You are wonderfully made

I praise you, for I am fearfully and wonderfully made. Wonderful are your works; my soul knows it very well.

Ps 139:14

The good, the bad, and the ugly

I truly am fearfully and wonderfully made. I can tell you many things that I am great in. I am an analytical prodigy, a teacher, a systemic thinker. I am skilled in many theoretical tasks, a great programmer and software architect. I can analyse and synthesise problems in diverse areas. I think I can write, preach.

Thank you for bearing with me through this seeming boast.

Because I have to tell you that I am terrible at many more things. I am socially challenged, as they call it. I hate small talk, telephone calls, crowds. I am emotionally underdeveloped, rather rational. I can’t read people nor have them feel at home and loved. I am getting better at those things, but still, there remain so many things I can’t do.

I can’t bake, garden, swim. I easily lose interest. I am going to stop here, because you get the drift.

But you know what? All this adds to my being fearfully and wonderfully made.

Because one of the things I know: I can’t do it on my own. I would probably even forget to eat.

Made for Team

We are made for relationship. We are made for team. We are made to complement each other.

I have always believed that God gave me all these talents to help people. To share. To teach. To build. And that others had their gifts to just do the same.

I have great respect for everybody that can cook—sorry for my lack of expressing this. I respect people that can keep a group together, build a home for them, comfort them. I admire people that are great in languages, communication, interpersonal skills. I look up to prophets, worshippers and musicians, painters, artists of all kinds.

And I think that they grow into their full potential if they not only exercise their super powers, but help people grown in them as well.

My greatest desire: to invest all I have into others, and them investing their all into me. So we can grow—with God’s investment into all of us—to become our best. A body working together and learning from each other, investing into each and every part what each and every one has. Gold and silver I do not have, but what I have I give you. (And somebody else probably does have the gold and the silver.)

The Past

How shortsighted and ignorant have we been. We built offices and hierarchies to execute our gifts and manage those of others. We stopped short because we held back, secured positions. But not only that. We stopped short because we would not be interested into the strengths of others. We would not allow them to invest into us. We robed them from their calling, their raison-d’être, their reason they were alive. To help us mature. To complement us. To complement the team God put together.

Sometimes we thought that being assembled as a team by God suffices. Somebody lately told me something to the degree of: I decided to be in relationship with you. If you need me, I will be there. In the meantime, we don’t need the emotional fluff of speaking with each other.

That is as if I gave my life to Christ and then told him: whenever you are back mounting those white horses, riding against the enemy at Armageddon, count me in. Just let me know when I have to be where. In the meantime, you know where I am.

That is like marrying my wife and telling her: let me know when you have need of me, and until then just trust that I will be there.

The Future

Jesus broke his body, so that the body of Christ could be assembled. He gave gifts that we can grow up and mature and come into unity. Paul taught us about the body of Christ—he the head and we the body. So did the whole old testament in shadows like the priestly garments or the tabernacle. This is what Jesus prayed in John 17: we in him and him in the father.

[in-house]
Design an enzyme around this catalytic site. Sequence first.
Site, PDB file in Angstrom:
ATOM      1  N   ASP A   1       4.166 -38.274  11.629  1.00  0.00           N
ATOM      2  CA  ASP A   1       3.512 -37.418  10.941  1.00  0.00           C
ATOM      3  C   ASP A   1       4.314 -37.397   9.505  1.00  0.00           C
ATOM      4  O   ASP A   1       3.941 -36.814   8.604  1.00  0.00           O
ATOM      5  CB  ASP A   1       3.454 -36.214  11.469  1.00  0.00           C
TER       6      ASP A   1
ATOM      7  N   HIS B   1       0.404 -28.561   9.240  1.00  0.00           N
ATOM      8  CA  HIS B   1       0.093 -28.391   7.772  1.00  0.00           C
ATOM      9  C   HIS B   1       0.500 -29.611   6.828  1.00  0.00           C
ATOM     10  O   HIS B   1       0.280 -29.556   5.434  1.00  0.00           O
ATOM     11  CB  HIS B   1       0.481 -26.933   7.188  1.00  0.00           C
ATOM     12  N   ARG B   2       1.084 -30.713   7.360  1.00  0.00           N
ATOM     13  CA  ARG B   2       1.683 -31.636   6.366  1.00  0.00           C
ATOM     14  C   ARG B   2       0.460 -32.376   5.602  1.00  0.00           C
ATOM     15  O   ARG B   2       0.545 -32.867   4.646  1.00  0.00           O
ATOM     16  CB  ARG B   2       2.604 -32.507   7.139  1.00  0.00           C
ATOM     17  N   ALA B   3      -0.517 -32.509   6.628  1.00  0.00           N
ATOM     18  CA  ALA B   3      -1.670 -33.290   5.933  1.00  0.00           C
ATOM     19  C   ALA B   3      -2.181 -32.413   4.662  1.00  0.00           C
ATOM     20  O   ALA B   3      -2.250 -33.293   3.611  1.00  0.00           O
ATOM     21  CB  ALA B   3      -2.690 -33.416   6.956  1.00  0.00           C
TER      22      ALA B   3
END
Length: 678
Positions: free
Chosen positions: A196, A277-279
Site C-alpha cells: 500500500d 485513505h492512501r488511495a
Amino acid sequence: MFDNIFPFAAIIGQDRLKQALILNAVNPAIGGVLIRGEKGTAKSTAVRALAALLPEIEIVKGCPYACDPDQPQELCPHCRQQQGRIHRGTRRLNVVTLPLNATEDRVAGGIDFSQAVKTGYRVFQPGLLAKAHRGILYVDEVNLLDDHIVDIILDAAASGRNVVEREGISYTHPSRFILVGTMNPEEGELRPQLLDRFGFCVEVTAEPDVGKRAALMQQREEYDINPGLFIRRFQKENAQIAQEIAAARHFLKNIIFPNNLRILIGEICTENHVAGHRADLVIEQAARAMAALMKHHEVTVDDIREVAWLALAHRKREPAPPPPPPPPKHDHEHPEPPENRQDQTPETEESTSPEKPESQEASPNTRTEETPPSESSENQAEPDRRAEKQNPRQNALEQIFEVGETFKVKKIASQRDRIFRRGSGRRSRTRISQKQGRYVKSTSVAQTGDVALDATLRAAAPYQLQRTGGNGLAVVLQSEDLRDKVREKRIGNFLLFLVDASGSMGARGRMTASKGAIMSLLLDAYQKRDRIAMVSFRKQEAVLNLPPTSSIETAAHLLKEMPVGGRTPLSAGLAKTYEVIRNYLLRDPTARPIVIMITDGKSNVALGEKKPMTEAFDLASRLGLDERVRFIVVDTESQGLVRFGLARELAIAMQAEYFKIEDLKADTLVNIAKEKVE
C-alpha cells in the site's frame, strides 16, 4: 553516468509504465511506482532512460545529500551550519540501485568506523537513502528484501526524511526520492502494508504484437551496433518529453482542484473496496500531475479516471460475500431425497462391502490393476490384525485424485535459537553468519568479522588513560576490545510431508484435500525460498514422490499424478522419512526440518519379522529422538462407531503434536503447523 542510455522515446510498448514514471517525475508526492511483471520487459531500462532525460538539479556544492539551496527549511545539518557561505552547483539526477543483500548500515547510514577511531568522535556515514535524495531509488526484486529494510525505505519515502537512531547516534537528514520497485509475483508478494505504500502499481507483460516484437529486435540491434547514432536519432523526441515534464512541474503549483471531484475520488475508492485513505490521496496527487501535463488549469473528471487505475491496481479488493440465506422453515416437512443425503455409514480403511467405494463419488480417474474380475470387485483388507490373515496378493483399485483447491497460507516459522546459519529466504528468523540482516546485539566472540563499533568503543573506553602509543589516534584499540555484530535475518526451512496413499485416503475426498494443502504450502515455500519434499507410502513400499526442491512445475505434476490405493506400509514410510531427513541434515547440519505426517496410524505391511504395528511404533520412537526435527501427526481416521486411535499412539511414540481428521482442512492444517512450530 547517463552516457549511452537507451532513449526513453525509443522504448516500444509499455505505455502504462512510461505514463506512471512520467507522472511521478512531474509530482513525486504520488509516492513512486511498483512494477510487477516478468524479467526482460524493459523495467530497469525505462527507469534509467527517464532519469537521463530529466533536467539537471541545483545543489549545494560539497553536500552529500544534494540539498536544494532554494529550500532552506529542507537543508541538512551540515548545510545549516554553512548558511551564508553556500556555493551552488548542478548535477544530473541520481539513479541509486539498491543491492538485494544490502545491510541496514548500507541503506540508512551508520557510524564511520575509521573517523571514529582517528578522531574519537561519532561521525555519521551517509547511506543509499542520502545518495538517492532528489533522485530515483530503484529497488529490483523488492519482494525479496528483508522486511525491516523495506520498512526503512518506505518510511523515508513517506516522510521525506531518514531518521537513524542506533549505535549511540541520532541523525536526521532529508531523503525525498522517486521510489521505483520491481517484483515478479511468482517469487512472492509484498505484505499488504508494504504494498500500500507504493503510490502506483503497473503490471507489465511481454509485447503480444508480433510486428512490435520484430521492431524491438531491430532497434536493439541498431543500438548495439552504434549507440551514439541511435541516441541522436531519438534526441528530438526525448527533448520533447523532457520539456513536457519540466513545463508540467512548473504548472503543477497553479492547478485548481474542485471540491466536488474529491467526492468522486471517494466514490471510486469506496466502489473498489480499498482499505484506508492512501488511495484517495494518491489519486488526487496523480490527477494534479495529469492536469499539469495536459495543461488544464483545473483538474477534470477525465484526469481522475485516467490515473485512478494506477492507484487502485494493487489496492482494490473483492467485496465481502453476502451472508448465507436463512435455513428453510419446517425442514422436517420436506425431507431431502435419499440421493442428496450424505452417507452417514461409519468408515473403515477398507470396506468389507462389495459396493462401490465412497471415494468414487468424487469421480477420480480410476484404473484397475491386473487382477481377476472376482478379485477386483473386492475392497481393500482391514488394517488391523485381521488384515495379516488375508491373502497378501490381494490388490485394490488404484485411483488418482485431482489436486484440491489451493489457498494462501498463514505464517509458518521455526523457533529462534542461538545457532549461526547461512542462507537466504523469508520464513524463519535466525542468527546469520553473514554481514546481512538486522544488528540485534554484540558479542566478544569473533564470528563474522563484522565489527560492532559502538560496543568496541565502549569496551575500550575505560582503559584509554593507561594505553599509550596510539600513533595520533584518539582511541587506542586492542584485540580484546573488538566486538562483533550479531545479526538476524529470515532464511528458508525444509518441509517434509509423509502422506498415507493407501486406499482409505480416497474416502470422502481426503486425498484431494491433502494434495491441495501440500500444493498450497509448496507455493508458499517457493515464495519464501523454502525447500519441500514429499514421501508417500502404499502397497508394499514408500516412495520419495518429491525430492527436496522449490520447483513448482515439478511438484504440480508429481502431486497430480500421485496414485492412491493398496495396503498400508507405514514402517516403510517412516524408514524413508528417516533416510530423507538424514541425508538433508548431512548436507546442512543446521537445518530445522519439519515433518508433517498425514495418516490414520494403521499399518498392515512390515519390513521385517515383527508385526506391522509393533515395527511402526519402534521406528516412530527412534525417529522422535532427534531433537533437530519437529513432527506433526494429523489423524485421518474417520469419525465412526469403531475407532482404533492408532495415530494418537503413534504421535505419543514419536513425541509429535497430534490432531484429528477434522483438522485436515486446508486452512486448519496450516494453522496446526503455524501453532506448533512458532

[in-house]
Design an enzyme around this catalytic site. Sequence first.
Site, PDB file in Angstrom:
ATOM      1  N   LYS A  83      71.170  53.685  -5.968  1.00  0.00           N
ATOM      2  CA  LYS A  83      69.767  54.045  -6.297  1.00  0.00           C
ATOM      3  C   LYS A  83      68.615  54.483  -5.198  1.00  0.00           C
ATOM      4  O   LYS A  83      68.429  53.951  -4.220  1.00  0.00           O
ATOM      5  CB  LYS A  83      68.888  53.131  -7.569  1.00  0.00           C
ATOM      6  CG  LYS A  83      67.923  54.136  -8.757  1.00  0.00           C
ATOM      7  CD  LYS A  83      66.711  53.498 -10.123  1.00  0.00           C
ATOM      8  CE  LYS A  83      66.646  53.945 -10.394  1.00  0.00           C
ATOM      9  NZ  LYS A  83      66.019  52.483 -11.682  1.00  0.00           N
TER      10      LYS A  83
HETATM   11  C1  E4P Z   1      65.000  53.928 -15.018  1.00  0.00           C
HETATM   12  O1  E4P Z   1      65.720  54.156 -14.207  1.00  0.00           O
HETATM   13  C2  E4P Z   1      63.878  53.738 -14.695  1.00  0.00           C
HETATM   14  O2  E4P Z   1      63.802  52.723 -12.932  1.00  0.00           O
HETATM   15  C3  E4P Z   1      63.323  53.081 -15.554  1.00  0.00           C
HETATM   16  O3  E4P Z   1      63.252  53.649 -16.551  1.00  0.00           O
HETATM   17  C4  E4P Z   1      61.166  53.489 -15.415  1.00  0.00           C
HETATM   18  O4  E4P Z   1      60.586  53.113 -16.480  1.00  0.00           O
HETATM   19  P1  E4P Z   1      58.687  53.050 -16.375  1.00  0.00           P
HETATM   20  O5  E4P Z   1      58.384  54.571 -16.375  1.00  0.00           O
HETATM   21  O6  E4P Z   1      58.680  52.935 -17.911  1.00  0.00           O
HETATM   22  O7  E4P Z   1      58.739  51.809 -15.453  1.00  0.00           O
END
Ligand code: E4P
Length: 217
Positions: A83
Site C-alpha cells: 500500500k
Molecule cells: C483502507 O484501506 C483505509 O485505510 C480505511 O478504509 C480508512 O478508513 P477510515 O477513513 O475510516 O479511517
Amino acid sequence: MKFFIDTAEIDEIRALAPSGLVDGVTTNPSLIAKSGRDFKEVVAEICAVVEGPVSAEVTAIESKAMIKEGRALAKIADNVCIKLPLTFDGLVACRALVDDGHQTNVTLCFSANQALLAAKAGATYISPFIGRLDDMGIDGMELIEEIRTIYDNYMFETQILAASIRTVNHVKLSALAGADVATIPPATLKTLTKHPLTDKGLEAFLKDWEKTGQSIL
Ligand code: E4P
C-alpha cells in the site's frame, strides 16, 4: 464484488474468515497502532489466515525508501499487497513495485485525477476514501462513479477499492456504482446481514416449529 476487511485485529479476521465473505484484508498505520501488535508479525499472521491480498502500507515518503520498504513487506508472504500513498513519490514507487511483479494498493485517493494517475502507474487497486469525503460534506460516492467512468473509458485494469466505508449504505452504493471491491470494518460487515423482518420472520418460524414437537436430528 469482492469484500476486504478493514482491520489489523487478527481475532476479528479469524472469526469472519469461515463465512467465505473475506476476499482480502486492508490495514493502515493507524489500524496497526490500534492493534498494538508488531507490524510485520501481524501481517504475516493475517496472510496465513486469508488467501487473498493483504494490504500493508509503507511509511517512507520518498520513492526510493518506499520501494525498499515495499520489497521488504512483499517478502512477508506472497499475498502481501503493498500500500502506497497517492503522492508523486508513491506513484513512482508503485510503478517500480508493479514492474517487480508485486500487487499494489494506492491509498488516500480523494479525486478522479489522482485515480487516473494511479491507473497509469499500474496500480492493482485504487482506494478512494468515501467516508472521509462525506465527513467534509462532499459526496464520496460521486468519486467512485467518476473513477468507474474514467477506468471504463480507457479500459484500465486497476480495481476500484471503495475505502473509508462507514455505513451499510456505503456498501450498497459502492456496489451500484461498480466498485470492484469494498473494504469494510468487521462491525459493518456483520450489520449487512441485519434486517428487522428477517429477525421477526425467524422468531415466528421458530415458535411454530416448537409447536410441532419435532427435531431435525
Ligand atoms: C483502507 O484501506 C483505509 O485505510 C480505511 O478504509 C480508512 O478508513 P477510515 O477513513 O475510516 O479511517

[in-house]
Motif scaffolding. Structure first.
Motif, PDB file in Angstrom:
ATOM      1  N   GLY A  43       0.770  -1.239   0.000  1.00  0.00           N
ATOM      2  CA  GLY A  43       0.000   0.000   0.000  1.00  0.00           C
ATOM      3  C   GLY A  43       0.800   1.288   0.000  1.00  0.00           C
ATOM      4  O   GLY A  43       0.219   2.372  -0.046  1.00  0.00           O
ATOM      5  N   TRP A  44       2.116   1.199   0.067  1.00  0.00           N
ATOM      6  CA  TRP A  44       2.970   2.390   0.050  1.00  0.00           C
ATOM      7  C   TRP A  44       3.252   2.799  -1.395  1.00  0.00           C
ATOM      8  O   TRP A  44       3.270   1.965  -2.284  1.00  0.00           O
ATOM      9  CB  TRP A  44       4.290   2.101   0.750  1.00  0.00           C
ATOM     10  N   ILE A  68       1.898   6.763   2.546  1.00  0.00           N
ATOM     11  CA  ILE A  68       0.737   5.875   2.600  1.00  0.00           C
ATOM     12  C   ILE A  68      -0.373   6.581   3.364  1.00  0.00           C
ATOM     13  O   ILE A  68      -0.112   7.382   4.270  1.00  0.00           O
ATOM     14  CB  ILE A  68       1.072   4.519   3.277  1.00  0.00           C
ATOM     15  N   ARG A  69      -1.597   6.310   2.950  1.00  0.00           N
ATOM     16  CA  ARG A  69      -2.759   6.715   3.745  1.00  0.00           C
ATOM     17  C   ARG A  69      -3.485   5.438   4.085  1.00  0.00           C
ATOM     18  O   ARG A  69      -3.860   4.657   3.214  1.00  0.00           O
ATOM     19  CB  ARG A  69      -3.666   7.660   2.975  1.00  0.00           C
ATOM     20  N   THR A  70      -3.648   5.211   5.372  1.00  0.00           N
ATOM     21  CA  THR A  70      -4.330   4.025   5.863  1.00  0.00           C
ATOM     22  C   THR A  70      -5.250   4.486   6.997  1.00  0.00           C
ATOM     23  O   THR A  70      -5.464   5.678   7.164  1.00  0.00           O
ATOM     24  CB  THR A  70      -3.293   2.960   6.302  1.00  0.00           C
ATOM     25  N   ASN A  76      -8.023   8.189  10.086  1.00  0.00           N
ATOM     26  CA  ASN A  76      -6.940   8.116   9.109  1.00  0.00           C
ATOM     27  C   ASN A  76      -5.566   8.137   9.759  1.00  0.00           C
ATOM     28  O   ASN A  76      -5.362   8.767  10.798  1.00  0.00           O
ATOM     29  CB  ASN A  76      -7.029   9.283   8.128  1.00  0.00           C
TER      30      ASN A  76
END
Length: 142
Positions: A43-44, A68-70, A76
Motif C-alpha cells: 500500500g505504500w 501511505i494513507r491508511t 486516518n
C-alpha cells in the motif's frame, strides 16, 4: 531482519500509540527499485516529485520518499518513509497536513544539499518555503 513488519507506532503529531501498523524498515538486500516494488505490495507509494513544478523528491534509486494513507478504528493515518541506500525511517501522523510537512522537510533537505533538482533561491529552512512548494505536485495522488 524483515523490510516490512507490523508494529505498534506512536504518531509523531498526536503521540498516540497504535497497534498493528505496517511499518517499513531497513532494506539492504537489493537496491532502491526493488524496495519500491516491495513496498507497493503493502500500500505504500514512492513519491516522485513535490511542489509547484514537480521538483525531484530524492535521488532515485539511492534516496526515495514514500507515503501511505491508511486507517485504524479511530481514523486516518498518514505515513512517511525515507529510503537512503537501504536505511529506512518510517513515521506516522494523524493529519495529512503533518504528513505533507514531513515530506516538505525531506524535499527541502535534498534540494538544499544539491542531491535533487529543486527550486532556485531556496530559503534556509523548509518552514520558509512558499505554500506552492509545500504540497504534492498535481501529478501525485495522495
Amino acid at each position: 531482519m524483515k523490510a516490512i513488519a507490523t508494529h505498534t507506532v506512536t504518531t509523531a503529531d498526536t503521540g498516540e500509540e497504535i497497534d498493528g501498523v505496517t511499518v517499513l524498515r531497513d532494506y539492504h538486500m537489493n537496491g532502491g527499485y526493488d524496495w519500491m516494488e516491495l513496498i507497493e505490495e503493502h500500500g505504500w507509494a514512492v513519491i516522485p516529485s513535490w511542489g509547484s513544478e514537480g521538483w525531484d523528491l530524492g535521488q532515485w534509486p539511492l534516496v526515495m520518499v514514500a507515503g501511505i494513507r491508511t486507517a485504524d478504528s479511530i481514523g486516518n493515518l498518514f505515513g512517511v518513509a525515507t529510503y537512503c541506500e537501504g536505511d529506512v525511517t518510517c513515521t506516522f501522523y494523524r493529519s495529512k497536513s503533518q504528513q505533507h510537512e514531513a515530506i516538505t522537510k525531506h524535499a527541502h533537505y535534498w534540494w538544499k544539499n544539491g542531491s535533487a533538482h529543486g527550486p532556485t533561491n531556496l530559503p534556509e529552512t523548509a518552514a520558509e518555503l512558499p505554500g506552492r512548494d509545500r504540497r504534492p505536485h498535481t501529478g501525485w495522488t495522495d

I hope that we grow to share and invest into each other. For this, it is necessary to be interested in the other, but also to know and develop your own strength. To know your weaknesses and be thankful for the brother or sister that complements you in that area.

Can I expect you to share all you got from God with me? No, because it has to be your decision to do so. Can I expect you to listen to all I have to say and receive all I want to give? No, because it has to be out of free will. But as a teacher, I have the duty to tell you—you can do with it whatever you want. But I urge you to chew on it before spewing it out. It might be bitter in the mouth, but sweet in the belly.

What did Jesus say? A teacher has a word in season and out of season. At times, what others say, do, invest might be out of season. Just put in on a shelf, store it in your store house. There might come a time…


God will lead us into a great time of networking in the near future. He has and will continue to complement us with people into full fledged teams. As Paul said to the Corinthians: you lack nothing.

It is all there. We used to say that everything is in the heavenly store houses for us, we just need to go and grab it. Those heavenly store houses have names: you and me. They are called Frank, David, Larry, Fred, Sue, Christel—and even Ralph. Similarities with living people are more than coincidental, because this is what we were made to be.

Jesus said that they will know us by the love we have for each other. A great part of love is the appreciation of the gifts and callings of the people around us, so much that we will not hold back to grow into our own calling, and if only so they don’t lack the complementation they need to be their best.

Expect God to place and position, to bring people into your life. Not so you can profit from them solely, suck them out and spit them out. No, such that there can be a holy symbiosis, together building a body that is greater than its parts. In him.

Expect it. Or is it happening already? Let me know.